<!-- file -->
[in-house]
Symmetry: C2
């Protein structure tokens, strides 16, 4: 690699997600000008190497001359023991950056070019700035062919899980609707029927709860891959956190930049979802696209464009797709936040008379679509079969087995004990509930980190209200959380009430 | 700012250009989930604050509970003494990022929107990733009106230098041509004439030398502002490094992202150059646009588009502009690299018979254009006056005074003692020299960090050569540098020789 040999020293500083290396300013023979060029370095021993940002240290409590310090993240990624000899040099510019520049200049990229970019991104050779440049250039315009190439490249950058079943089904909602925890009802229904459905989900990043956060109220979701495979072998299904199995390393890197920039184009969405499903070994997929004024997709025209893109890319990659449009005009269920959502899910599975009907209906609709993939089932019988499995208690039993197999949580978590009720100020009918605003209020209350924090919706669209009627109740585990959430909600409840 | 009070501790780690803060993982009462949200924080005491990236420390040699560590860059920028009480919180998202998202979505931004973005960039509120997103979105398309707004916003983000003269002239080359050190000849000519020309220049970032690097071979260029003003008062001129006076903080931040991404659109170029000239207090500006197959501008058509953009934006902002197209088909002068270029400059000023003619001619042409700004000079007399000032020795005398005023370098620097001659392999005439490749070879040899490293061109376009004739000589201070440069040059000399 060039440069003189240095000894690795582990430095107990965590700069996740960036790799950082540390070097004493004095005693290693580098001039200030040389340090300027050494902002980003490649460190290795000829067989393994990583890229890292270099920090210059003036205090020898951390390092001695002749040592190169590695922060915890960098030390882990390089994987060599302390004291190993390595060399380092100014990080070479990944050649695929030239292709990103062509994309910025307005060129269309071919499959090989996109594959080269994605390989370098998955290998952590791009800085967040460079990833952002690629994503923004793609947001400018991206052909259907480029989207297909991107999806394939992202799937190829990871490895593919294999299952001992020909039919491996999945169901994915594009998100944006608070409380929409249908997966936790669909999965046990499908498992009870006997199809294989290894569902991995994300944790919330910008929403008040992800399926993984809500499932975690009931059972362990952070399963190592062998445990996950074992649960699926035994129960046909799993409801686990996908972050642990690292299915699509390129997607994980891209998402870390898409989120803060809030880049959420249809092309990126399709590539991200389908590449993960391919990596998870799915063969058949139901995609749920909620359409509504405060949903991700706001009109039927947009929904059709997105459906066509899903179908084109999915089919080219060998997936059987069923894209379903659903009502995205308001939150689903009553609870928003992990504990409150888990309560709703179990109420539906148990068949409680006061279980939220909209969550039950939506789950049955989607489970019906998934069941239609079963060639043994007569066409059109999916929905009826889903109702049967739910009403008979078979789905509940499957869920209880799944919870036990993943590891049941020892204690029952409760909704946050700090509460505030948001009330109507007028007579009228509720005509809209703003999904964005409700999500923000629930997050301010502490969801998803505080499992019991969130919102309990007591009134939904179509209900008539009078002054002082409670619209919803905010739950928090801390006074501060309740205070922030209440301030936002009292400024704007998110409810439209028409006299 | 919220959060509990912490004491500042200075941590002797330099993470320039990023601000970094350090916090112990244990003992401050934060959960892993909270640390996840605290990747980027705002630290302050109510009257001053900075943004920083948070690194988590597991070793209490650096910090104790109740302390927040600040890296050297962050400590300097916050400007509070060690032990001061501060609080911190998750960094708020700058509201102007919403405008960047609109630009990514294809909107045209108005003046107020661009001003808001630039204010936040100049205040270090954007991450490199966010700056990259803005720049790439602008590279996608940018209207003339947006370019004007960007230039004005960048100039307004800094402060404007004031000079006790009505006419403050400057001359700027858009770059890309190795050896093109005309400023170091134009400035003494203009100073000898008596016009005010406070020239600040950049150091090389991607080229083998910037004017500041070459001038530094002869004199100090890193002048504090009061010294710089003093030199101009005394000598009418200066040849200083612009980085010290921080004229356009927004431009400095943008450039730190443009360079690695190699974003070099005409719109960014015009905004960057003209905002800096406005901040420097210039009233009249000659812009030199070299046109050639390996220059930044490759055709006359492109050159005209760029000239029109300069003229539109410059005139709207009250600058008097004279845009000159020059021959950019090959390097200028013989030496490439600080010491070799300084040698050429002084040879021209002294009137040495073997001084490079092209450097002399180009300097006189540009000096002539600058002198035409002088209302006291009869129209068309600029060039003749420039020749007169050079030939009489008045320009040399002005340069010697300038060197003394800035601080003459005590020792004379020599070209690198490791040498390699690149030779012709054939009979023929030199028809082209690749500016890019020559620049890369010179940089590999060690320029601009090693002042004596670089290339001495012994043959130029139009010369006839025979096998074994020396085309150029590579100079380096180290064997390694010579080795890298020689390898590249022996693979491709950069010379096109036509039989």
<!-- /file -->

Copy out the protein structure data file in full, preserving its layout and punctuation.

[in-house]
Symmetry: C2
């Protein structure tokens, strides 16, 4: 690699997600000008190497001359023991950056070019700035062919899980609707029927709860891959956190930049979802696209464009797709936040008379679509079969087995004990509930980190209200959380009430 | 700012250009989930604050509970003494990022929107990733009106230098041509004439030398502002490094992202150059646009588009502009690299018979254009006056005074003692020299960090050569540098020789 040999020293500083290396300013023979060029370095021993940002240290409590310090993240990624000899040099510019520049200049990229970019991104050779440049250039315009190439490249950058079943089904909602925890009802229904459905989900990043956060109220979701495979072998299904199995390393890197920039184009969405499903070994997929004024997709025209893109890319990659449009005009269920959502899910599975009907209906609709993939089932019988499995208690039993197999949580978590009720100020009918605003209020209350924090919706669209009627109740585990959430909600409840 | 009070501790780690803060993982009462949200924080005491990236420390040699560590860059920028009480919180998202998202979505931004973005960039509120997103979105398309707004916003983000003269002239080359050190000849000519020309220049970032690097071979260029003003008062001129006076903080931040991404659109170029000239207090500006197959501008058509953009934006902002197209088909002068270029400059000023003619001619042409700004000079007399000032020795005398005023370098620097001659392999005439490749070879040899490293061109376009004739000589201070440069040059000399 060039440069003189240095000894690795582990430095107990965590700069996740960036790799950082540390070097004493004095005693290693580098001039200030040389340090300027050494902002980003490649460190290795000829067989393994990583890229890292270099920090210059003036205090020898951390390092001695002749040592190169590695922060915890960098030390882990390089994987060599302390004291190993390595060399380092100014990080070479990944050649695929030239292709990103062509994309910025307005060129269309071919499959090989996109594959080269994605390989370098998955290998952590791009800085967040460079990833952002690629994503923004793609947001400018991206052909259907480029989207297909991107999806394939992202799937190829990871490895593919294999299952001992020909039919491996999945169901994915594009998100944006608070409380929409249908997966936790669909999965046990499908498992009870006997199809294989290894569902991995994300944790919330910008929403008040992800399926993984809500499932975690009931059972362990952070399963190592062998445990996950074992649960699926035994129960046909799993409801686990996908972050642990690292299915699509390129997607994980891209998402870390898409989120803060809030880049959420249809092309990126399709590539991200389908590449993960391919990596998870799915063969058949139901995609749920909620359409509504405060949903991700706001009109039927947009929904059709997105459906066509899903179908084109999915089919080219060998997936059987069923894209379903659903009502995205308001939150689903009553609870928003992990504990409150888990309560709703179990109420539906148990068949409680006061279980939220909209969550039950939506789950049955989607489970019906998934069941239609079963060639043994007569066409059109999916929905009826889903109702049967739910009403008979078979789905509940499957869920209880799944919870036990993943590891049941020892204690029952409760909704946050700090509460505030948001009330109507007028007579009228509720005509809209703003999904964005409700999500923000629930997050301010502490969801998803505080499992019991969130919102309990007591009134939904179509209900008539009078002054002082409670619209919803905010739950928090801390006074501060309740205070922030209440301030936002009292400024704007998110409810439209028409006299 | 919220959060509990912490004491500042200075941590002797330099993470320039990023601000970094350090916090112990244990003992401050934060959960892993909270640390996840605290990747980027705002630290302050109510009257001053900075943004920083948070690194988590597991070793209490650096910090104790109740302390927040600040890296050297962050400590300097916050400007509070060690032990001061501060609080911190998750960094708020700058509201102007919403405008960047609109630009990514294809909107045209108005003046107020661009001003808001630039204010936040100049205040270090954007991450490199966010700056990259803005720049790439602008590279996608940018209207003339947006370019004007960007230039004005960048100039307004800094402060404007004031000079006790009505006419403050400057001359700027858009770059890309190795050896093109005309400023170091134009400035003494203009100073000898008596016009005010406070020239600040950049150091090389991607080229083998910037004017500041070459001038530094002869004199100090890193002048504090009061010294710089003093030199101009005394000598009418200066040849200083612009980085010290921080004229356009927004431009400095943008450039730190443009360079690695190699974003070099005409719109960014015009905004960057003209905002800096406005901040420097210039009233009249000659812009030199070299046109050639390996220059930044490759055709006359492109050159005209760029000239029109300069003229539109410059005139709207009250600058008097004279845009000159020059021959950019090959390097200028013989030496490439600080010491070799300084040698050429002084040879021209002294009137040495073997001084490079092209450097002399180009300097006189540009000096002539600058002198035409002088209302006291009869129209068309600029060039003749420039020749007169050079030939009489008045320009040399002005340069010697300038060197003394800035601080003459005590020792004379020599070209690198490791040498390699690149030779012709054939009979023929030199028809082209690749500016890019020559620049890369010179940089590999060690320029601009090693002042004596670089290339001495012994043959130029139009010369006839025979096998074994020396085309150029590579100079380096180290064997390694010579080795890298020689390898590249022996693979491709950069010379096109036509039989």